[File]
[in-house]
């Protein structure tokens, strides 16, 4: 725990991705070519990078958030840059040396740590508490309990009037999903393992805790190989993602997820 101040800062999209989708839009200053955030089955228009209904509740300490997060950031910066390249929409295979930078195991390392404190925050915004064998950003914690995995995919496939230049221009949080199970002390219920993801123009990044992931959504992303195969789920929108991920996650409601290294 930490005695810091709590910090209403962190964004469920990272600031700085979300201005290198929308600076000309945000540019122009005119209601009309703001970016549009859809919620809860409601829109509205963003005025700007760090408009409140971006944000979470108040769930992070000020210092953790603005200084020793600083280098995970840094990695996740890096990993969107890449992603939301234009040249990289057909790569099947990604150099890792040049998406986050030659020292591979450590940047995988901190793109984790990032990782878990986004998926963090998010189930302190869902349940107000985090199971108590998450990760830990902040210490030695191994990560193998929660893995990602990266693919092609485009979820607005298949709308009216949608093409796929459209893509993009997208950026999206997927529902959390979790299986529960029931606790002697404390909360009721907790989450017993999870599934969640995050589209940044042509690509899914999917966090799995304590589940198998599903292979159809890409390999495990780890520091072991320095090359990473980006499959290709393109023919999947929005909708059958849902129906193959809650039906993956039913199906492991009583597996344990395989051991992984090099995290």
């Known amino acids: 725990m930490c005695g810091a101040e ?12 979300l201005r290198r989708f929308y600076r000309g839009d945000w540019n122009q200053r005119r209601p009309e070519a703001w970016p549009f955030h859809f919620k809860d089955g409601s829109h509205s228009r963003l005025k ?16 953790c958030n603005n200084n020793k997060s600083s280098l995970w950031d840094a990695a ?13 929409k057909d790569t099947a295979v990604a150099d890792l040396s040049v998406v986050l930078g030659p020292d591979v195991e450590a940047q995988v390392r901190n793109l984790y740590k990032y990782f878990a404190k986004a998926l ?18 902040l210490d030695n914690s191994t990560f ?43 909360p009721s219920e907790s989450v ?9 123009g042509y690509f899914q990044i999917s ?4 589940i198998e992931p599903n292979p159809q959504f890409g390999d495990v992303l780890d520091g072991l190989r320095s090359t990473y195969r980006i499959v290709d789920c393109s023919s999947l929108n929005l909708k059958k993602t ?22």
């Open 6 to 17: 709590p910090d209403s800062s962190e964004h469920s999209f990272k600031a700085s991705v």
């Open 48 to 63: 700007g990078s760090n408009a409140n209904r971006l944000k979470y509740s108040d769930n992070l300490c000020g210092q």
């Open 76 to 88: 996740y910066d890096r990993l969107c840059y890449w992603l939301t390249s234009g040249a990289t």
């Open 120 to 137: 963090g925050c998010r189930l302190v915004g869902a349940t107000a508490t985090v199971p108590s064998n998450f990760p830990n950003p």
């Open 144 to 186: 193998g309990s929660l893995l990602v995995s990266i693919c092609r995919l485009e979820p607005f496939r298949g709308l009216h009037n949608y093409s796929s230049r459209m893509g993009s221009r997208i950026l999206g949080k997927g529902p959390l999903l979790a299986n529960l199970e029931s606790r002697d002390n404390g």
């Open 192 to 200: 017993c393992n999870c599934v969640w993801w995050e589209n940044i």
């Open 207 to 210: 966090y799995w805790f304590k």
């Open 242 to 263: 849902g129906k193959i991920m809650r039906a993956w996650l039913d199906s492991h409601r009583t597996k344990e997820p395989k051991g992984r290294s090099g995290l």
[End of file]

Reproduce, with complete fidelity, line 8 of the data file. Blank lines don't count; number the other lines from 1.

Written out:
């Open 144 to 186: 193998g309990s929660l893995l990602v995995s990266i693919c092609r995919l485009e979820p607005f496939r298949g709308l009216h009037n949608y093409s796929s230049r459209m893509g993009s221009r997208i950026l999206g949080k997927g529902p959390l999903l979790a299986n529960l199970e029931s606790r002697d002390n404390g």